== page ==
He responded with a 412-yard three-touchdown passing performance to beat Green Bay in the opener, then descended into a mild funk. Carolina, Seattle and Indianapolis solved a San Francisco offense minus the injured Crabtree and, at times, Vernon Davis. ESPN analyst Trent Dilfer labeled Kaepernick a “one-read quarterback,” meaning he lacked the experience to see his receivers downfield. If his primary receiver was covered, he would panic.

The truth lay somewhere in the middle, of course. He hesitated early in the season due to major issues: erratic and perhaps overrated offensive line, decreased production by running back Frank Gore and the absence of Crabtree until December. When those problems were corrected, Kaepernick and the 49ers soared.

They won eight straight, including back-to-back road playoff victories against Green Bay and Carolina. Against the Seahawks, they nearly became the first team in NFL history to annex two straight conference-title road victories to reach the Super Bowl.

What will haunt the 49ers for years to come, however, were Kaepernick’s sack-fumble and two interceptions in the final 11 minutes at Seattle. It is a bell that can’t be unrung. If your last three possessions result in turnovers, your season is done.

The play dissected the most is Kaepernick’s final pass, the 1st-and-10 from the Seattle 18 yard line in the final seconds. From here, the read was good but the decision was not.

Any quarterback, with three receivers aligned to the left and one to the right, leans toward the single-covered man (Crabtree). Problem was, his defender was 6-foot-3 Richard Sherman, arguably the league’s best corner.

Former 49er quarterback Jeff Garcia thought a safe pass to Davis, available to Kaepernick’s left, was the prudent option. Coach Jim Harbaugh would have taken his second timeout with around 22 seconds left. The 49ers would have had no less than two plays, and maybe as many as four, to find the end zone from about the 10.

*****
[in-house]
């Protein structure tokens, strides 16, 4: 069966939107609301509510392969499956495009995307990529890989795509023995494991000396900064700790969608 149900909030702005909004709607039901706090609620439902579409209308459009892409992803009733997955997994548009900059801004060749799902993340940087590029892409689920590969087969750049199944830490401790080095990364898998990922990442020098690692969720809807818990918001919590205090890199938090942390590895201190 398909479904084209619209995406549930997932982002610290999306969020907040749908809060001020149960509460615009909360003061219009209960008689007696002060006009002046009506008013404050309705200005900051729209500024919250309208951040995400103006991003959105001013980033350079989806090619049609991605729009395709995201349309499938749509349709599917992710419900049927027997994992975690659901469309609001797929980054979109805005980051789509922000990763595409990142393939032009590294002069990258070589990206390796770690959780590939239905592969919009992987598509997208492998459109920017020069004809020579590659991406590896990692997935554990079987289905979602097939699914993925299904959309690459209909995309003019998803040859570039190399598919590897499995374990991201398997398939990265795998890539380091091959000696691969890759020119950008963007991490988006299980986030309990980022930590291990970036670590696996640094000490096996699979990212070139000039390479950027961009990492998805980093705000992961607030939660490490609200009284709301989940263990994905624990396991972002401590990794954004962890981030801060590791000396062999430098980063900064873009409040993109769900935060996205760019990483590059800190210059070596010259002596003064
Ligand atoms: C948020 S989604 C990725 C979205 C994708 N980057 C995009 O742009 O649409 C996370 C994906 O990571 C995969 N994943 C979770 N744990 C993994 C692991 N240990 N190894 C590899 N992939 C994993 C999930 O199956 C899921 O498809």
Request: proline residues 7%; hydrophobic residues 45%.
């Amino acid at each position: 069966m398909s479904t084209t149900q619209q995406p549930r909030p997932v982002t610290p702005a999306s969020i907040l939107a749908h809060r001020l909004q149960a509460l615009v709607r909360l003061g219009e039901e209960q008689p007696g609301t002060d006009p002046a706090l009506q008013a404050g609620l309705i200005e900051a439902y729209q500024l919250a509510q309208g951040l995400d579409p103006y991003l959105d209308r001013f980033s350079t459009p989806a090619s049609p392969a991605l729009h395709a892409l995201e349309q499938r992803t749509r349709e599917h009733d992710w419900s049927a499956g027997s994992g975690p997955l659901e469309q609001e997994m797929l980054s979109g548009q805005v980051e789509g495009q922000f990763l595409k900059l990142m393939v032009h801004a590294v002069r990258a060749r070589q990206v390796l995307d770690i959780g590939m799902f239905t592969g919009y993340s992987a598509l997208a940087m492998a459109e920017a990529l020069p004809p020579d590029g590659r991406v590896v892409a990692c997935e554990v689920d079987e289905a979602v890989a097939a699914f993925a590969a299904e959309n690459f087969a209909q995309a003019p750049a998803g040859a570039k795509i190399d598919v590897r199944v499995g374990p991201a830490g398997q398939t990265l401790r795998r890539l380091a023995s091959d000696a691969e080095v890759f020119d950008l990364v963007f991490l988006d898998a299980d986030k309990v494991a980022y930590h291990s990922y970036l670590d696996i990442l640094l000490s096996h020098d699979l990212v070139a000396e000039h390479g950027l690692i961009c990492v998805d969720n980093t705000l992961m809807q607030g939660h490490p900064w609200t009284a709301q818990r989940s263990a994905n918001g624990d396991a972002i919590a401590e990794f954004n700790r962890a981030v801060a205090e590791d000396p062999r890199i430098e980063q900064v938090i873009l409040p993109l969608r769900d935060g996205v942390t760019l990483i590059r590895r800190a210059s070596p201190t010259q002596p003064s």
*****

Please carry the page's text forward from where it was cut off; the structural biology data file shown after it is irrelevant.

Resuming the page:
Sounds enticing, right?

From here on, be extra careful with your opinions because they’re clouded by what NFL Films’ Greg Cosell calls “access to the result.” It’s better to relive the play in real time and understand Kaepernick’s bottom-line choice: He took a calculated risk.

His pass missed the mark by inches and allowed Sherman’s remarkable lunging deflection to hustling linebacker Malcolm Smith. Regardless, at some point in that final series, Kaepernick was forced to fit the ball in a dangerous place for the 49ers to win. He chose 1st-and-10 to Crabtree against Sherman.

Kaepernick’s maturation will depend on how he approaches these win-or-lose moments. He’ll no doubt be armed with more experience and wisdom when titles again are there to be claimed, but will he eventually deliver a la Joe Montana and Steve Young?

That’s known only to the football gods. Here’s what we do know: In both last year’s Super Bowl and last week’s events at CenturyLink Field, the 49ers would not have been close to winning without him. Kaepernick is a lightning rod, for better or worse, because he provides something the 49ers haven’t felt in many years.

A chance.

Bee staff writer Ron Agostini can be reached at ragostini@modbee.com or (209) 578-2302. Follow him on Twitter @ModBeeSports.